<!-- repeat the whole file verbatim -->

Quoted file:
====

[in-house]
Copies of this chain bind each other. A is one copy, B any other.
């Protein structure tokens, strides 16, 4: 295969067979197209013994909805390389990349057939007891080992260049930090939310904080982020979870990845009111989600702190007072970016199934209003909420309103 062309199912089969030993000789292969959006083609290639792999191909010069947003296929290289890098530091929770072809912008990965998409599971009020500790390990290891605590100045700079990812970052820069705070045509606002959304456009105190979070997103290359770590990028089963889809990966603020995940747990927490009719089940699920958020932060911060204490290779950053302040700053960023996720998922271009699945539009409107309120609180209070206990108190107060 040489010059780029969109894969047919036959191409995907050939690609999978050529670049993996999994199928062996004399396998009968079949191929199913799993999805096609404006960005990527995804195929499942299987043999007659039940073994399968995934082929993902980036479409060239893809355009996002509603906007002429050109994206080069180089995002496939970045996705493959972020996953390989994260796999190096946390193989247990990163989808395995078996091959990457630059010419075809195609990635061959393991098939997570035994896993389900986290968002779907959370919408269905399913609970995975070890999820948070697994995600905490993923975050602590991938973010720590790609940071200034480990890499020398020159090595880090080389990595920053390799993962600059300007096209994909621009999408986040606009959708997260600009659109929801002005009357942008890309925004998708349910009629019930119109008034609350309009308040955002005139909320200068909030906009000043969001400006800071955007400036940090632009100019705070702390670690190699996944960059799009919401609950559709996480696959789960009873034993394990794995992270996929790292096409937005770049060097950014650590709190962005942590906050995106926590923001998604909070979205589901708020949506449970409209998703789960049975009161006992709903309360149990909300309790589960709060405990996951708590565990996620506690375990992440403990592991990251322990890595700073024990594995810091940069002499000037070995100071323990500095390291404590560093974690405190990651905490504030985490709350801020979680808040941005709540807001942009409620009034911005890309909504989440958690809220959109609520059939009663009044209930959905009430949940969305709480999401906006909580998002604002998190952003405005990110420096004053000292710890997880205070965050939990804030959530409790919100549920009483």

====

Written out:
[in-house]
Copies of this chain bind each other. A is one copy, B any other.
């Protein structure tokens, strides 16, 4: 295969067979197209013994909805390389990349057939007891080992260049930090939310904080982020979870990845009111989600702190007072970016199934209003909420309103 062309199912089969030993000789292969959006083609290639792999191909010069947003296929290289890098530091929770072809912008990965998409599971009020500790390990290891605590100045700079990812970052820069705070045509606002959304456009105190979070997103290359770590990028089963889809990966603020995940747990927490009719089940699920958020932060911060204490290779950053302040700053960023996720998922271009699945539009409107309120609180209070206990108190107060 040489010059780029969109894969047919036959191409995907050939690609999978050529670049993996999994199928062996004399396998009968079949191929199913799993999805096609404006960005990527995804195929499942299987043999007659039940073994399968995934082929993902980036479409060239893809355009996002509603906007002429050109994206080069180089995002496939970045996705493959972020996953390989994260796999190096946390193989247990990163989808395995078996091959990457630059010419075809195609990635061959393991098939997570035994896993389900986290968002779907959370919408269905399913609970995975070890999820948070697994995600905490993923975050602590991938973010720590790609940071200034480990890499020398020159090595880090080389990595920053390799993962600059300007096209994909621009999408986040606009959708997260600009659109929801002005009357942008890309925004998708349910009629019930119109008034609350309009308040955002005139909320200068909030906009000043969001400006800071955007400036940090632009100019705070702390670690190699996944960059799009919401609950559709996480696959789960009873034993394990794995992270996929790292096409937005770049060097950014650590709190962005942590906050995106926590923001998604909070979205589901708020949506449970409209998703789960049975009161006992709903309360149990909300309790589960709060405990996951708590565990996620506690375990992440403990592991990251322990890595700073024990594995810091940069002499000037070995100071323990500095390291404590560093974690405190990651905490504030985490709350801020979680808040941005709540807001942009409620009034911005890309909504989440958690809220959109609520059939009663009044209930959905009430949940969305709480999401906006909580998002604002998190952003405005990110420096004053000292710890997880205070965050939990804030959530409790919100549920009483």